[R] Conservative "ANOVA tables" in lmer
Douglas Bates
bates at stat.wisc.edu
Tue Sep 12 16:58:11 CEST 2006
On 9/11/06, Manuel Morales <Manuel.A.Morales at williams.edu> wrote:
> On Mon, 2006-09-11 at 11:43 -0500, Douglas Bates wrote:
> > On 9/10/06, Andrew Robinson <A.Robinson at ms.unimelb.edu.au> wrote:
> > > On Thu, Sep 07, 2006 at 07:59:58AM -0500, Douglas Bates wrote:
> > >
> > > > I would be happy to re-institute p-values for fixed effects in the
> > > > summary and anova methods for lmer objects using a denominator degrees
> > > > of freedom based on the trace of the hat matrix or the rank of Z:X if
> > > > others will volunteer to respond to the "these answers are obviously
> > > > wrong because they don't agree with <whatever> and the idiot who wrote
> > > > this software should be thrashed to within an inch of his life"
> > > > messages. I don't have the patience.
> > >
> > > This seems to be more than fair to me. I'll volunteer to help explain
> > > why the anova.lmer() output doesn't match SAS, etc. Is it worth
> > > putting a caveat in the output and the help files? Is it even worth
> > > writing a FAQ about this?
> >
> > Having made that offer I think I will now withdraw it. Peter's
> > example has convinced me that this is the wrong thing to do.
> >
> > I am encouraged by the fact that the results from mcmcsamp correspond
> > closely to the correct theoretical results in the case that Peter
> > described. I appreciate that some users will find it difficult to
> > work with a MCMC sample (or to convince editors to accept results
> > based on such a sample) but I think that these results indicate that
> > it is better to go after the marginal distribution of the fixed
> > effects estimates (which is what is being approximated by the MCMC
> > sample - up to Bayesian/frequentist philosophical differences) than to
> > use the conditional distribution and somehow try to adjust the
> > reference distribution.
>
> Am I right that the MCMC sample can not be used, however, to evaluate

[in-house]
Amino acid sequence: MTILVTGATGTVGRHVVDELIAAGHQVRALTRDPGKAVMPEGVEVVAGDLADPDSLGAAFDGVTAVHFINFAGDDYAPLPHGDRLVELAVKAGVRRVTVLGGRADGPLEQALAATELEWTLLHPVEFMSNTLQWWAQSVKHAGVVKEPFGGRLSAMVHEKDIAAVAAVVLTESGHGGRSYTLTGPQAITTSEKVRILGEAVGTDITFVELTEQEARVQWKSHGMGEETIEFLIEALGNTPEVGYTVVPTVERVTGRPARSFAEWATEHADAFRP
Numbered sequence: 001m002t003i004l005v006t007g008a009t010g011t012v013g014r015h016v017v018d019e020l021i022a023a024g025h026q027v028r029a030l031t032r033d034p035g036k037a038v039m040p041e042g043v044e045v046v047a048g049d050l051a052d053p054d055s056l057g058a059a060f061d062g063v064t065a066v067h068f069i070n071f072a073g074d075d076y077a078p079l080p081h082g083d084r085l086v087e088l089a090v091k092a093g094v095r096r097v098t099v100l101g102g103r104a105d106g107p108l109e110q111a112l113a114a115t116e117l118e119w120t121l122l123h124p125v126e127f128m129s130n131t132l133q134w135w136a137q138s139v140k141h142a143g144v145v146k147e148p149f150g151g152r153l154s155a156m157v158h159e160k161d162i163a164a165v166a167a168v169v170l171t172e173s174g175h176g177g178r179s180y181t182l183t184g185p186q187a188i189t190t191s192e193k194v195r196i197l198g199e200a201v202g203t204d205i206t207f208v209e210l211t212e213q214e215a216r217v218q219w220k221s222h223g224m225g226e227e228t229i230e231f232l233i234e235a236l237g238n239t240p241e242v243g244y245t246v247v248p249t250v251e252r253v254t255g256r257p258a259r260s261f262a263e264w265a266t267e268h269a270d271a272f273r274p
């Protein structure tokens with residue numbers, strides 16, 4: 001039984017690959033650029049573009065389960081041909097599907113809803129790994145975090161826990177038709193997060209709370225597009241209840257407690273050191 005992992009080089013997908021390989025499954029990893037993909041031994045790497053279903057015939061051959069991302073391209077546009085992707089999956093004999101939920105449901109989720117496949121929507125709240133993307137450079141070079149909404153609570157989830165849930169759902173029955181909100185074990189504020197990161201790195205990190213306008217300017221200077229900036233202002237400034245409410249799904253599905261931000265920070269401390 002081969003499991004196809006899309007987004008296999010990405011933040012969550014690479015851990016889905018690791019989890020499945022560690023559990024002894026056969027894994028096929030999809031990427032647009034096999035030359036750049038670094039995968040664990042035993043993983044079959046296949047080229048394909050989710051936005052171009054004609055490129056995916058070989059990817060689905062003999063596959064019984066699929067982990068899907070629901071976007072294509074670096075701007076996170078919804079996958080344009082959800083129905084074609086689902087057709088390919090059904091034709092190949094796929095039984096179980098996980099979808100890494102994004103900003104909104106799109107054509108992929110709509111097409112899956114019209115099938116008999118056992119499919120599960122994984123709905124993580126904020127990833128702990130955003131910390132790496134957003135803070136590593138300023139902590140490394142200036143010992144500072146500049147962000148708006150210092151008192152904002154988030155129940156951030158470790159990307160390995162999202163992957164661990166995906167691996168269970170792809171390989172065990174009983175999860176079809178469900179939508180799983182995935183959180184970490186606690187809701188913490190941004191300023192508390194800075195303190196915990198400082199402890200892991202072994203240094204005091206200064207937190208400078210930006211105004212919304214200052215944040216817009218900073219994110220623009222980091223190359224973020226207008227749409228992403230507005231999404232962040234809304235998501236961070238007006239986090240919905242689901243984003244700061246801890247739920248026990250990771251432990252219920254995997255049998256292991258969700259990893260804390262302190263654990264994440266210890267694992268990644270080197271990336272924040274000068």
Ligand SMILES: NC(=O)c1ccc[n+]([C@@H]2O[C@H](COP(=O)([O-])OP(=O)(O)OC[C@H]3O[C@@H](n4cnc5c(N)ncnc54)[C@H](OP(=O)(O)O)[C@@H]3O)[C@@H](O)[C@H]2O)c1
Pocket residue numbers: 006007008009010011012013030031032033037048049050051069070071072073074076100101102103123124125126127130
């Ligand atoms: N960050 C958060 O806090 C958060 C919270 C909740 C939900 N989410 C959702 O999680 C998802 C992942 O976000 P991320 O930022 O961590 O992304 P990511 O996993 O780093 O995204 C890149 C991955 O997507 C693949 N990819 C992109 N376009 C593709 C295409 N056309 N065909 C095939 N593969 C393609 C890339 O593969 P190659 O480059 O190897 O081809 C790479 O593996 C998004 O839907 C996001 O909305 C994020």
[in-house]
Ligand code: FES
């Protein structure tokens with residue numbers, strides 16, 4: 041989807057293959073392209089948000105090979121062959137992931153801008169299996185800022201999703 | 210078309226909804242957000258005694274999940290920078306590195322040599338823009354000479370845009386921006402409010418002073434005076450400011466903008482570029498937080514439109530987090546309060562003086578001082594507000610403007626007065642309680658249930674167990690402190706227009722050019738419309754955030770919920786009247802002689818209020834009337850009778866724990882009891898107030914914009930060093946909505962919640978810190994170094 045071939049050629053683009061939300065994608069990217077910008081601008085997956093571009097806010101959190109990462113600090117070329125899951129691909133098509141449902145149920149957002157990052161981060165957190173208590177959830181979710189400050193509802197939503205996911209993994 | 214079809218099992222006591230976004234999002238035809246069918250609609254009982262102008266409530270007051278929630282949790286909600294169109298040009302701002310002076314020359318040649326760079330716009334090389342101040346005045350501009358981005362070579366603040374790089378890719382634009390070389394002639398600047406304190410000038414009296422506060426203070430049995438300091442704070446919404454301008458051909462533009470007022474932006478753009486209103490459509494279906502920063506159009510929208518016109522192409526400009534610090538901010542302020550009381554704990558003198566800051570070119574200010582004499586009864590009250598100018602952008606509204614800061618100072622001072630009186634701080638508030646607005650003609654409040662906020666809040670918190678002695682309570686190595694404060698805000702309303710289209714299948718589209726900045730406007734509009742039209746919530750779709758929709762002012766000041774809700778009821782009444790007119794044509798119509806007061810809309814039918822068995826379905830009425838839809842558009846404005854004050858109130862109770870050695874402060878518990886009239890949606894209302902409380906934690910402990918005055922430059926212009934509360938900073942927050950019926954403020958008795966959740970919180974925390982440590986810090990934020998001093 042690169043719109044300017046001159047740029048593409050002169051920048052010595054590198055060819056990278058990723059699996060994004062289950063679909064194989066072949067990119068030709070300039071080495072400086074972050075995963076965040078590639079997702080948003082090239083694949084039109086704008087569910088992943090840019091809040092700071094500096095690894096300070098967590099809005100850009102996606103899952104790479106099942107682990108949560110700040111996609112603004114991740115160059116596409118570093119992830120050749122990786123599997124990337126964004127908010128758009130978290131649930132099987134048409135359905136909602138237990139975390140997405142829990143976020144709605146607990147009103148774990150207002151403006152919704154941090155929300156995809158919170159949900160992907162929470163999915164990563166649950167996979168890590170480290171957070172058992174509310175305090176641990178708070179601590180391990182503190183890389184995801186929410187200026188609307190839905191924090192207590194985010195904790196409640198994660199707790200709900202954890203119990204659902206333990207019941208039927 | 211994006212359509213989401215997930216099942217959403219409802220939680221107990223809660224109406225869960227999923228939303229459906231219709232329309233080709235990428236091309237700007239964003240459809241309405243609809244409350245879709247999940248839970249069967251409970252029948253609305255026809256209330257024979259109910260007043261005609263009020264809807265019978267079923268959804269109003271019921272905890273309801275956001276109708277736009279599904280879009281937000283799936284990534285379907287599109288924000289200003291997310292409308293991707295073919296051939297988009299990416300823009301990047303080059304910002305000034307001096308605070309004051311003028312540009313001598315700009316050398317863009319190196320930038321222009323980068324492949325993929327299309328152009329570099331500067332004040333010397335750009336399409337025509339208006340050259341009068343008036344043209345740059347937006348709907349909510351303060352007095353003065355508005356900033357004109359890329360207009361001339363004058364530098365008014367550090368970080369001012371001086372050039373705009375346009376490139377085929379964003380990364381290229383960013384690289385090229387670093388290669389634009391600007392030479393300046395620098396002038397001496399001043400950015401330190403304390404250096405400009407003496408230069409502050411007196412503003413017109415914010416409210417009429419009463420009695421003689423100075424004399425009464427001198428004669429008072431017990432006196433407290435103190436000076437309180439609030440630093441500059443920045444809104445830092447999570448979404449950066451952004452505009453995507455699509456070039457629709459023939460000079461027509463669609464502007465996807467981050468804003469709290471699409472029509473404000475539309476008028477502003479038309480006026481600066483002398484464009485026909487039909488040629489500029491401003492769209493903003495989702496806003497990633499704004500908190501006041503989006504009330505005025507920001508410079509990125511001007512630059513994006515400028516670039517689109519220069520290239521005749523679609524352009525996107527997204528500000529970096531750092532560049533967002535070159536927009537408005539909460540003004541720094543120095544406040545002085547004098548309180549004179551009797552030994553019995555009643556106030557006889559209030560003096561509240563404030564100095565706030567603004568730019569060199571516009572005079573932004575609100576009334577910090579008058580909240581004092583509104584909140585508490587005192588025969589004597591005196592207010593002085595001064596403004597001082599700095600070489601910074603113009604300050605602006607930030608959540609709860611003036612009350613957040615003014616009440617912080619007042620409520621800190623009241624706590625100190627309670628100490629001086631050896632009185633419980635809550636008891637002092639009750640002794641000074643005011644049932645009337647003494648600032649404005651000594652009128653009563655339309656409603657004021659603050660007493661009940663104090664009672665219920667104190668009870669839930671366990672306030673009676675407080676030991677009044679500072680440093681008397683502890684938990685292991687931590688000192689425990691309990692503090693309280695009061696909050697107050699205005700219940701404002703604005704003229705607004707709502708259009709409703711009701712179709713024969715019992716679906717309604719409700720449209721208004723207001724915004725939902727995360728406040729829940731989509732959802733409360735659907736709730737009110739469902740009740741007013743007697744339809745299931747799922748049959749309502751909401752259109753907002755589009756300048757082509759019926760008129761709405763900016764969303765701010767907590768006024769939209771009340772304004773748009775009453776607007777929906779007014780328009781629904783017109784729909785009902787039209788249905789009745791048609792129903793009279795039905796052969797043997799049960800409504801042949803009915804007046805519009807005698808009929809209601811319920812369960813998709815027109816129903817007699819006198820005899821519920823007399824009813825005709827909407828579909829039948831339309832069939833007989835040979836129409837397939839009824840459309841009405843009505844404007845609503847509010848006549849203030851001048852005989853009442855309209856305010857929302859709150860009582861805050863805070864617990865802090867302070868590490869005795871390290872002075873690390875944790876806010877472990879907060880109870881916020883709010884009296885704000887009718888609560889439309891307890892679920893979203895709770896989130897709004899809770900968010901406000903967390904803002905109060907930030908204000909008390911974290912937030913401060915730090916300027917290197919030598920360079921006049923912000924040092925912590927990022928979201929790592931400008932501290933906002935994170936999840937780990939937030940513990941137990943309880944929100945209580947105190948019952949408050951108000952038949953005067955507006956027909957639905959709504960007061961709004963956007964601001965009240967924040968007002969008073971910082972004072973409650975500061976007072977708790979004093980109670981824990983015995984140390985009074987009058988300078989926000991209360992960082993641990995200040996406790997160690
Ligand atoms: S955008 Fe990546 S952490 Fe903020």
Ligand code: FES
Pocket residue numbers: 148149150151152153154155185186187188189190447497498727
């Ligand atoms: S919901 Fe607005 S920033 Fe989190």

> the significance of parameter groups. For example, to assess the
> significance of a three-level factor? Are there better alternatives than
> simply adjusting the CI for the number of factor levels
> (1-alpha/levels).
Hmm - I'm not sure what confidence interval and what number of levels
you mean there so I can't comment on that method.
Suppose we go back to Spencer's example and consider if there is a
signficant effect for the Nozzle factor. That is equivalent to the
hypothesis H_0: beta_2 = beta_3 = 0 versus the general alternative. A
"p-value" could be formulated from an MCMC sample if we assume that
the marginal distribution of the parameter estimates for beta_2 and
beta_3 has roughly elliptical contours and you can evaluate that by,
say, examining a hexbin plot of the values in the MCMC sample. One
could take the ellipses as defined by the standard errors and
estimated correlation or, probably better, by the observed standard
deviations and correlations in the MCMC sample. Then determine the
proportion of (beta_2, beta_3) pairs in the sample that fall outside
the ellipse centered at the estimates and with that eccentricity and
scaling factors that passes through (0,0). That would be an empirical
p-value for the test.
I would recommend calculating this for a couple of samples to check on
the reproducibility.
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